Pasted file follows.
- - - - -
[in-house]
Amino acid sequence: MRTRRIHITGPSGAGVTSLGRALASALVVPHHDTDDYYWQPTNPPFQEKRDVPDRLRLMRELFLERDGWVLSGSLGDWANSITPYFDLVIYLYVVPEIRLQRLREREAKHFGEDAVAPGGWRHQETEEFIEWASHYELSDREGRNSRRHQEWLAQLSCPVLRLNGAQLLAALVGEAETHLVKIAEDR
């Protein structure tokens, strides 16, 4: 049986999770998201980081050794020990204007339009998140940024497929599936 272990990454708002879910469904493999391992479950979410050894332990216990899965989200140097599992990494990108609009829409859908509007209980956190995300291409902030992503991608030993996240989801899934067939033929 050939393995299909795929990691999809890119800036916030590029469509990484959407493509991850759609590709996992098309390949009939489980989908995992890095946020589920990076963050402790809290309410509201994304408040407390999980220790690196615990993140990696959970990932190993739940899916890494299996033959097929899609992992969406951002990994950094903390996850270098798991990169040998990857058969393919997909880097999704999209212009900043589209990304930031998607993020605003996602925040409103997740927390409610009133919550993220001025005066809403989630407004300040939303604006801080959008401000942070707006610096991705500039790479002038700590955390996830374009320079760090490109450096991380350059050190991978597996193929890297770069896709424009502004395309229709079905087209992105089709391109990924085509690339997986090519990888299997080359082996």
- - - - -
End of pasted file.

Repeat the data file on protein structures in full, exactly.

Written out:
[in-house]
Amino acid sequence: MRTRRIHITGPSGAGVTSLGRALASALVVPHHDTDDYYWQPTNPPFQEKRDVPDRLRLMRELFLERDGWVLSGSLGDWANSITPYFDLVIYLYVVPEIRLQRLREREAKHFGEDAVAPGGWRHQETEEFIEWASHYELSDREGRNSRRHQEWLAQLSCPVLRLNGAQLLAALVGEAETHLVKIAEDR
């Protein structure tokens, strides 16, 4: 049986999770998201980081050794020990204007339009998140940024497929599936 272990990454708002879910469904493999391992479950979410050894332990216990899965989200140097599992990494990108609009829409859908509007209980956190995300291409902030992503991608030993996240989801899934067939033929 050939393995299909795929990691999809890119800036916030590029469509990484959407493509991850759609590709996992098309390949009939489980989908995992890095946020589920990076963050402790809290309410509201994304408040407390999980220790690196615990993140990696959970990932190993739940899916890494299996033959097929899609992992969406951002990994950094903390996850270098798991990169040998990857058969393919997909880097999704999209212009900043589209990304930031998607993020605003996602925040409103997740927390409610009133919550993220001025005066809403989630407004300040939303604006801080959008401000942070707006610096991705500039790479002038700590955390996830374009320079760090490109450096991380350059050190991978597996193929890297770069896709424009502004395309229709079905087209992105089709391109990924085509690339997986090519990888299997080359082996």